Here's How King Charles III Is Expected To Change The Monarchy

England's Queen Elizabeth II passed away peacefully September 8, 2022 at the age of 96. She was surrounded by her family (via BBC). King Charles III, formerly the Prince of Wales, automatically assumed the role of monarch at the age of 73, becoming England's first king in 70 years. As the eldest son of the queen, Charles was named heir in 1952 at just 3 years old, making him the longest-serving heir apparent, according to Time. As the public reacts to the heartbreaking death of Queen Elizabeth, Charles III prepares for his coronation, set to take place after the official mourning period comes to a close (via The New York Post). As noted by Time, Queen Elizabeth's official coronation did not take place until 16 months after the death of her father. 

King Charles III commented on his mother's legacy in an emotional statement following her death. "We mourn profoundly the passing of a cherished Sovereign and a much-loved Mother," read his official statement on The Royal Family's Twitter. "I know her loss will be deeply felt throughout the country, the Realms and the Commonwealth, and by countless people around the world." Though everything that will happen when the former Prince Charles becomes king is still unofficial, he is expected to drastically change key features of the monarchy.

King Charles III is expected to reframe the role of the royal family

The recently-appointed king will make several changes to the monarchy, most notably reframing the role of the royal family, per Insider. The predicted "slimmed down" monarchy could mean a condensed team of working royals, limited patronages, and smaller living quarters. According to the Daily Mail, the King has recognized the financial strain that a large monarchy imposes on the public (and Buckingham Palace's centuries-old balcony). Angela Levin, esteemed royal biographer, appeared on TalkRadio in 2021, explaining that Charles has hoped to slim down the number of working royals "for a very long time," per The Daily Mail.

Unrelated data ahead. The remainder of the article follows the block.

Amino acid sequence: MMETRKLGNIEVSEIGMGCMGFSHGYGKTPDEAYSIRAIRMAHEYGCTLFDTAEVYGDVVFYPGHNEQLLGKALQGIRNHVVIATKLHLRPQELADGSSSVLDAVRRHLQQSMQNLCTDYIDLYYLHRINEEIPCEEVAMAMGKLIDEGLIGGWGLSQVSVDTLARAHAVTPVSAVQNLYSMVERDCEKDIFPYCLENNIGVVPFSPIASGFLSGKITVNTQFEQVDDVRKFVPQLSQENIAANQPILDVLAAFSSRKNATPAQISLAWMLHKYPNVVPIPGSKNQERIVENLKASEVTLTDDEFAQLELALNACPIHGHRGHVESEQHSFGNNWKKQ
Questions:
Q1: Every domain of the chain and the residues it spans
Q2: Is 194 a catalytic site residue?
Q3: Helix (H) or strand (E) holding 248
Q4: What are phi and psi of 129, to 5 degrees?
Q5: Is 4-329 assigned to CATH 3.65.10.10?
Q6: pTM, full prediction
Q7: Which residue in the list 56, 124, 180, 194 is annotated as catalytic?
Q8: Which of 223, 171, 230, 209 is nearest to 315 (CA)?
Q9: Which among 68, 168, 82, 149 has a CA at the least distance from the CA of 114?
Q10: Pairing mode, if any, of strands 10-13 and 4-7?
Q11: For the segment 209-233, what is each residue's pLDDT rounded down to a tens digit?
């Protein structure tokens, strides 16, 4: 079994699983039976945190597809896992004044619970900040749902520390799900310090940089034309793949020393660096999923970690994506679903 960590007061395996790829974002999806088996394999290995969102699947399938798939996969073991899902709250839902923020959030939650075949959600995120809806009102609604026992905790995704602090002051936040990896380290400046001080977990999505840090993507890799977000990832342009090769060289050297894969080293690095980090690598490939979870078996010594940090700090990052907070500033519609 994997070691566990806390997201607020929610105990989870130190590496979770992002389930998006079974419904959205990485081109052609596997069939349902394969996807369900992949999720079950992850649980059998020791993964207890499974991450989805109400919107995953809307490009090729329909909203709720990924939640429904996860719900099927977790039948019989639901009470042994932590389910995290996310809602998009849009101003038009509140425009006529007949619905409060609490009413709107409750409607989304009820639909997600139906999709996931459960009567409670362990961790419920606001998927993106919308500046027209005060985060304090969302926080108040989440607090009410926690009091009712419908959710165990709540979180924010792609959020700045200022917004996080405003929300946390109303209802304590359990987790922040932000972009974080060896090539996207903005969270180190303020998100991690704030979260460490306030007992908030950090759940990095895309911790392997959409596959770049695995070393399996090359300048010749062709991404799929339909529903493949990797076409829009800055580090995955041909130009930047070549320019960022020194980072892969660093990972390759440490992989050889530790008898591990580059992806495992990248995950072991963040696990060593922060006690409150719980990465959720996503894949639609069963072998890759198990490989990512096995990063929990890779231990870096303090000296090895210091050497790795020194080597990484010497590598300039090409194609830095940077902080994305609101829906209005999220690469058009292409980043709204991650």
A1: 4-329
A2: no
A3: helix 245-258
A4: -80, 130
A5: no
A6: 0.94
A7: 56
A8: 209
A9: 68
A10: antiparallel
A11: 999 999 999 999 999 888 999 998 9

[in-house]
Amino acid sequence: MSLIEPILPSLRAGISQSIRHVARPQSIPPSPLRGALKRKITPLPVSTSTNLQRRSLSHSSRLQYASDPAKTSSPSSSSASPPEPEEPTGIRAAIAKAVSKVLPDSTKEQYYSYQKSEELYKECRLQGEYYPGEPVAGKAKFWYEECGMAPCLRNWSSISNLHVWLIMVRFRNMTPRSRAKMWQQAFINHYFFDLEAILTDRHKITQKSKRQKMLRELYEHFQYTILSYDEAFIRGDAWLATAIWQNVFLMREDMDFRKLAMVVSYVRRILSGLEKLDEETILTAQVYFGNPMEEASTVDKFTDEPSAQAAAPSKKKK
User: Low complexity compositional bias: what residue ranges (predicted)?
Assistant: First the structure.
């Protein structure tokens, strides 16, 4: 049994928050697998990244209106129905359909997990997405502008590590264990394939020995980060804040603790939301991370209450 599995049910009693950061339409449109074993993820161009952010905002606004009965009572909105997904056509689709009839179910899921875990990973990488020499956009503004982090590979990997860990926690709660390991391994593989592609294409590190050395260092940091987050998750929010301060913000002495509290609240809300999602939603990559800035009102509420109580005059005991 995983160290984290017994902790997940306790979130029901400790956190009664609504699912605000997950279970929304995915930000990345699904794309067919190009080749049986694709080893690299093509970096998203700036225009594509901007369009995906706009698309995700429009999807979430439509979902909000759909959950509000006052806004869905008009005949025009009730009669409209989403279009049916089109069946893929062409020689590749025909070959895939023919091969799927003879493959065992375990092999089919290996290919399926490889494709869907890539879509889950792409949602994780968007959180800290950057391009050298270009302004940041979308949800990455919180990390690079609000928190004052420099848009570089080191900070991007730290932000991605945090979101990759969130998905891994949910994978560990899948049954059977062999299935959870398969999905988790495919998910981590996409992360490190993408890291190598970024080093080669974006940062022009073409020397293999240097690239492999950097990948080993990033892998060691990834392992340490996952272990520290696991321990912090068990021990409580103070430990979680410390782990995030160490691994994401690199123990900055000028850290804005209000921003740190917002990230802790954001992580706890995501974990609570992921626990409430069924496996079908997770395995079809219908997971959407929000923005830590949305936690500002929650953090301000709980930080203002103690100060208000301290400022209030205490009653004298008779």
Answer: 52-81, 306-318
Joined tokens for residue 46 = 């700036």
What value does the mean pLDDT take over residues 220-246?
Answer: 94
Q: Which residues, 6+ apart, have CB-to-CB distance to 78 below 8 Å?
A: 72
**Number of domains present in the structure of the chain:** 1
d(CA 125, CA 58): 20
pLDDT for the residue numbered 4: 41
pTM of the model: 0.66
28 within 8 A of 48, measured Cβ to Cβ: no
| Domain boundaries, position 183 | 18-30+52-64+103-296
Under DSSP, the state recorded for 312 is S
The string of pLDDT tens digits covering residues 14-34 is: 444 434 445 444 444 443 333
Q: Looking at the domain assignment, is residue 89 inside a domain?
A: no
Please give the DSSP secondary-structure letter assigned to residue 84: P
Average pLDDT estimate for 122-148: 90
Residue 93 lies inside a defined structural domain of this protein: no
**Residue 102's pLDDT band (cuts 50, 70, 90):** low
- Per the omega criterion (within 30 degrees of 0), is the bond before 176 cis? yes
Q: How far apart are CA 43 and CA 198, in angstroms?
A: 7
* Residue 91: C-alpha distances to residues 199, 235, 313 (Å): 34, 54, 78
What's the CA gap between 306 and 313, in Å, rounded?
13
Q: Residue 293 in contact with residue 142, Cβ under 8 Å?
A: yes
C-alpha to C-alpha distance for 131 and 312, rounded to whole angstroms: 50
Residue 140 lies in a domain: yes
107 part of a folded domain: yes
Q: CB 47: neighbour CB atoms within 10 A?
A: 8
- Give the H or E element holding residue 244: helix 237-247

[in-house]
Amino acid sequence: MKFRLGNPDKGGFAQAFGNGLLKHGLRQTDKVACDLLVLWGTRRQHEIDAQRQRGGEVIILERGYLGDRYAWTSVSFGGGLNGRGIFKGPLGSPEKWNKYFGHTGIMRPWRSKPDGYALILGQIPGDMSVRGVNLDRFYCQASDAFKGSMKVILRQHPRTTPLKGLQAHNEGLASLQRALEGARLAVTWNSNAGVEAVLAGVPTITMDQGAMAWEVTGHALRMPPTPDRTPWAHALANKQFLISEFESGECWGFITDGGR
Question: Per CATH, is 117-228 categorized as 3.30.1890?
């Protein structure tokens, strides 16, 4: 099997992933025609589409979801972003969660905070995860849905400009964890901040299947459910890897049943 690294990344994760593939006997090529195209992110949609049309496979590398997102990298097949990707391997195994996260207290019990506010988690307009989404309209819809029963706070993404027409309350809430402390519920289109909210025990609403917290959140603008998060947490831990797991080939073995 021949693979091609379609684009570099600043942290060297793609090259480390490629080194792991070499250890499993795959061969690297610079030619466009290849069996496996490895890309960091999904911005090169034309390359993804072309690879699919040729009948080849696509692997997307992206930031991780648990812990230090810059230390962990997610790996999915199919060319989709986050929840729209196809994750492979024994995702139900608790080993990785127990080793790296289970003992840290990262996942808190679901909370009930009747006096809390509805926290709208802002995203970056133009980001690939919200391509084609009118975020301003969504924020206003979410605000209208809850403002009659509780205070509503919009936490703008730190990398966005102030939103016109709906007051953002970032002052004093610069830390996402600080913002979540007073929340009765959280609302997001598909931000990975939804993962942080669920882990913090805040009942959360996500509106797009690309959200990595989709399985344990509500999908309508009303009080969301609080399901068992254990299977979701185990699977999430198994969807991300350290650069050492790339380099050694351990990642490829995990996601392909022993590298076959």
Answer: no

It's still unclear what members of the Royal Family will remain in service — The Queen Consort, The Duke and Duchess of Cornwall and Cambridge, and Princess Anne are currently active members, according to Express. While other branches of the family may continue to represent the crown in a limited capacity, royal commentator Kinsey Schofield predicts that "Charles will try to draw attention to himself, Camilla, and the Cambridge family as the future of the monarchy," per Insider. Whatever the case, a smaller monarchy will drastically impact the number of royal public engagements. Charles III also has plans to grant the public increased access to the official London residence and turn the queen's beloved Balmoral into a memorial museum (via Daily Mail).

King Charles III will tackle climate change

The former Prince of Wales is the founder of The Prince's Trust, a charitable organization partially-dedicated to environmental sustainability. In the coming years, The King is expected to actively address climate change (via The Daily Mail). In 2021, he spoke at the COP26 Climate Summit in Glasgow, imploring world leaders to "find practical ways of overcoming differences" in order to "rescue this precious planet," per

As reported by Reuters, King Charles commented on his history of environmental activism in a 2021 TV interview, saying "Why do you think I've done all this for all these years? Because I minded about, and always have done, the next generation." According to Vox, the former Prince of Wales will use the monarchy's "soft power" and global connections to advocate for sustainability. As explained by historian Ed Owens, "He's very much trying to create a new global platform for the British monarchy." Though the King has been a divisive figure in the past – we finally know why the former Prince Charles and Princess Diana Divorced – these present uncertainties could lead to long-term, historical change.